I’ve got to know my neighborhood and see how it changes over time. This house is getting a new roof, that one has a new fence. Another house is getting a new foundation (this is earthquake country, after all) and the one across the street is adding a second story. A block away, a garden of native plants is emerging, replacing the old lawn. And along the way I’ve met people, got to know them a little, even have become friends with some of them.
This town and neighborhood were designed for getting around on foot. Automobiles were relatively new when it was growing, so it wasn’t assumed that folks would shuffle from house to car, drive to a point, get out, do whatever they needed to do, then drive back to their door. They’d walk or take the streetcar, unlike today’s suburbs with no sidewalks or places to walk to, just streets lined with big garages.
A few blocks away, a long street offers a supermarket, post office, drugstores, clothing stores, coffee shops, bakery, several types of restaurants, banks, a video rental store, a bagel shop, an independent book store, an office supply store, a dry cleaners, and a jewelry store. A branch library stands just two blocks away the other direction. I’ve become friends with people who work there and on speaking terms with people who live on those blocks.
During my morning walk to buy a newspaper, I often meet the same people each day, sometimes on the way to work, other times walking their dogs. Later in the day, I see people working in their yards, shopping, walking their dogs again, pushing strollers, at the post office, having a cup of coffee. Often when we pass folks say Hi, exchange pleasantries, stop for a short conversation. Gradually, we learned a little about each other. Some of us became good friends, visiting each other, doing things together. I also became friends with clerks in the market, the woman at the post office, the man who owns the stationery store.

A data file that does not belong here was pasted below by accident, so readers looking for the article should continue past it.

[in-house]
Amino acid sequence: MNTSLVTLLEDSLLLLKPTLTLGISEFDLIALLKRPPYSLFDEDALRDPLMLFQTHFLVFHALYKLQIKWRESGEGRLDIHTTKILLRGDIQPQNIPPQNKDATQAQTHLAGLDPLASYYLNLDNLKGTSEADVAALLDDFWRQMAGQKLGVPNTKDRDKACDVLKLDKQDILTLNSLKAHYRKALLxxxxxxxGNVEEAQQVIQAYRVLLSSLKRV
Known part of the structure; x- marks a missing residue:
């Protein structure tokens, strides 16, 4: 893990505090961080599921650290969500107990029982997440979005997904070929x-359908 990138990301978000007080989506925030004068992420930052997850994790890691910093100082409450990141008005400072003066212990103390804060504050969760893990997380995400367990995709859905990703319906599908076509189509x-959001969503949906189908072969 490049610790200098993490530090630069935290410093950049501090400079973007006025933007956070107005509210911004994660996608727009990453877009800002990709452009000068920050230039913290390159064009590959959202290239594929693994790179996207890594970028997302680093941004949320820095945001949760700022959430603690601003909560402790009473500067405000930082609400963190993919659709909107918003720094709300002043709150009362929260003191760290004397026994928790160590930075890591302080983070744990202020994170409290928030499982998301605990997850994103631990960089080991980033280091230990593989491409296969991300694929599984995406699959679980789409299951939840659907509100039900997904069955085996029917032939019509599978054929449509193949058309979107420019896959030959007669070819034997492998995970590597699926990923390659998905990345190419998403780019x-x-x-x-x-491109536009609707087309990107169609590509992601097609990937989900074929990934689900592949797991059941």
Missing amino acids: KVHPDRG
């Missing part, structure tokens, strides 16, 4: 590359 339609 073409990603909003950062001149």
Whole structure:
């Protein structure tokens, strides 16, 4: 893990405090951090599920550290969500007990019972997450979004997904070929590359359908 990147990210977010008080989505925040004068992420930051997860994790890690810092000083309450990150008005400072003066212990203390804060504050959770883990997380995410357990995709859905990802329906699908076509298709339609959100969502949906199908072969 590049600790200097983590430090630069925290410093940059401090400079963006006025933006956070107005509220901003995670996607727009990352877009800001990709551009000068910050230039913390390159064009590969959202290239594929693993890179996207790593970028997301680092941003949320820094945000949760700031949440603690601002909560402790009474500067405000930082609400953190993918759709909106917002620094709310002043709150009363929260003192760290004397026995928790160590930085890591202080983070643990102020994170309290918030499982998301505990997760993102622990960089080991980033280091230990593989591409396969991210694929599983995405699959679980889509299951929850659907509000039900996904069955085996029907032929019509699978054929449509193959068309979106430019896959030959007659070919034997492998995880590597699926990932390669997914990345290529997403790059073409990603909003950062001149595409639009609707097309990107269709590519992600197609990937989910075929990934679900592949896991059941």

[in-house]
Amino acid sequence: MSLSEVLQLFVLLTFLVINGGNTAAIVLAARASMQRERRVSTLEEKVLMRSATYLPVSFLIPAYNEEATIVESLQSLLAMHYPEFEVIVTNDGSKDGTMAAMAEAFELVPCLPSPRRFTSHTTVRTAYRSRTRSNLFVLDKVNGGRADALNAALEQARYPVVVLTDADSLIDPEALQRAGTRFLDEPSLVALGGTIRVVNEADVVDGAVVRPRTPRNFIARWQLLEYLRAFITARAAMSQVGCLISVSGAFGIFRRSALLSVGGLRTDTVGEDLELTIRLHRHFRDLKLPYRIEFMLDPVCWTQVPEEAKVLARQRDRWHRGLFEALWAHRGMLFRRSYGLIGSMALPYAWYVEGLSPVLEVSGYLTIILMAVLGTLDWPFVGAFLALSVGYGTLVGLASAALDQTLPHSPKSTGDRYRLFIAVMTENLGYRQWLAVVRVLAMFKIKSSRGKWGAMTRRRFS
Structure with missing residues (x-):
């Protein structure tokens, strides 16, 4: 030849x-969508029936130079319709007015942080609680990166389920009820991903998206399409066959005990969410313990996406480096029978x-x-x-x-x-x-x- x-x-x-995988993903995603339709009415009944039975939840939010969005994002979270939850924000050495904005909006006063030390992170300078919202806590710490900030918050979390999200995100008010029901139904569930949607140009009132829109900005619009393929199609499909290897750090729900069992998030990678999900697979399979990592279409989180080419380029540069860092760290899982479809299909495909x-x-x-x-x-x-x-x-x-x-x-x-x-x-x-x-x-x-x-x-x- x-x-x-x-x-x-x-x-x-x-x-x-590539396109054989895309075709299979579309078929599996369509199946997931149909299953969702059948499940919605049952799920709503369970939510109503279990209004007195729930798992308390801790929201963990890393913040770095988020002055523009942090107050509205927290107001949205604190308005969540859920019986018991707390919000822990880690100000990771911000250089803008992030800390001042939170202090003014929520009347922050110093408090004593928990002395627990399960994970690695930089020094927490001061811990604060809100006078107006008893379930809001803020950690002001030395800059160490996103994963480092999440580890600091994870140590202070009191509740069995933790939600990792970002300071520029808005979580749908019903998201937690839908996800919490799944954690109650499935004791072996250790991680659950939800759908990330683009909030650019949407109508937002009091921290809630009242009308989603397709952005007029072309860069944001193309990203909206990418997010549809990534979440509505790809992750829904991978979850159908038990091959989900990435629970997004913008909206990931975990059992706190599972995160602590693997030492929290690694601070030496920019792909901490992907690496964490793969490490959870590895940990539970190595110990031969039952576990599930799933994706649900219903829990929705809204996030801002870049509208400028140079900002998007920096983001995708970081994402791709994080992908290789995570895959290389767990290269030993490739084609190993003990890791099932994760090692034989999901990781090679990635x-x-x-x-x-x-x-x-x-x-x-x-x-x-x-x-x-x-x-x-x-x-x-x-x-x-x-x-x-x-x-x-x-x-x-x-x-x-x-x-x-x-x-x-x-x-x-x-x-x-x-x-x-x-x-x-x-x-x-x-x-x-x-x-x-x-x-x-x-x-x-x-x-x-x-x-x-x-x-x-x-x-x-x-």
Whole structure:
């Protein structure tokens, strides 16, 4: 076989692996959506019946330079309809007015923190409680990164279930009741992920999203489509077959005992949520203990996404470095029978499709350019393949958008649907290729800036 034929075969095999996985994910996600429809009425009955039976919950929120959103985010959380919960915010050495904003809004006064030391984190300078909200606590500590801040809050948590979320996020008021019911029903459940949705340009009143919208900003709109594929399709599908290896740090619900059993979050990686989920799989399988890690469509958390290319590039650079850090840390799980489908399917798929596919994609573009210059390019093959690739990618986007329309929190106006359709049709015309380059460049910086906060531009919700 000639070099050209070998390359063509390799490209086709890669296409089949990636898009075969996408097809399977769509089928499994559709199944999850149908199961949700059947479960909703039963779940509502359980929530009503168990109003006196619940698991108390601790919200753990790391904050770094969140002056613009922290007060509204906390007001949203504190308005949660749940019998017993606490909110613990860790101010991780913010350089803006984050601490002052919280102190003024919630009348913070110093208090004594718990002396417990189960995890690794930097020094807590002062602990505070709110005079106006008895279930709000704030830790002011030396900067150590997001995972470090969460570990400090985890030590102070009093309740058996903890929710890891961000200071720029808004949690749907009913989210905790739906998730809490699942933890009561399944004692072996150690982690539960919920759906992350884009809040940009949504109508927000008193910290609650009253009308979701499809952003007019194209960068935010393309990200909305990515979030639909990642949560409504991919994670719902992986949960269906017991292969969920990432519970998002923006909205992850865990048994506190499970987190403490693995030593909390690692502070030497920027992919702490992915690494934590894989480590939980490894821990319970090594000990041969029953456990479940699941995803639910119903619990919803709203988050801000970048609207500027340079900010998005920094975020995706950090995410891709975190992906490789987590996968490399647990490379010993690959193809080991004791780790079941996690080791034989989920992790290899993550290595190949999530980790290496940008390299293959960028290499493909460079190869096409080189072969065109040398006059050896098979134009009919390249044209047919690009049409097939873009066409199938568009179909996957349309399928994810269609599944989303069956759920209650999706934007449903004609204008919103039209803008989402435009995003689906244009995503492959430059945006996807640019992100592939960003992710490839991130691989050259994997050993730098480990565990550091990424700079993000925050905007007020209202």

Often, when I’m working in the garden in front of my house, people walk past, smile, say hello, comment on the plants and flowers, whatever they feel like talking about. Sometimes, they’re neighbors or other acquaintances, but just as often we’re meeting for the first time. A few words easily turn into a conversation, an invitation, a friendship.
Today, there’s lots of talk about polarized government, religious and racial hatred, economic injustice, anger leading to violence. Maybe people need to get out of their cars, walk around, meet each other, talk, get to know each other, in their own neighborhoods and beyond. Meet people at home, in other cities and towns, other countries, too.
Can you fire a weapon at someone you’re friends with? Can you let someone you’ve shared a beer or meal with starve? Just questions. No answers, yet.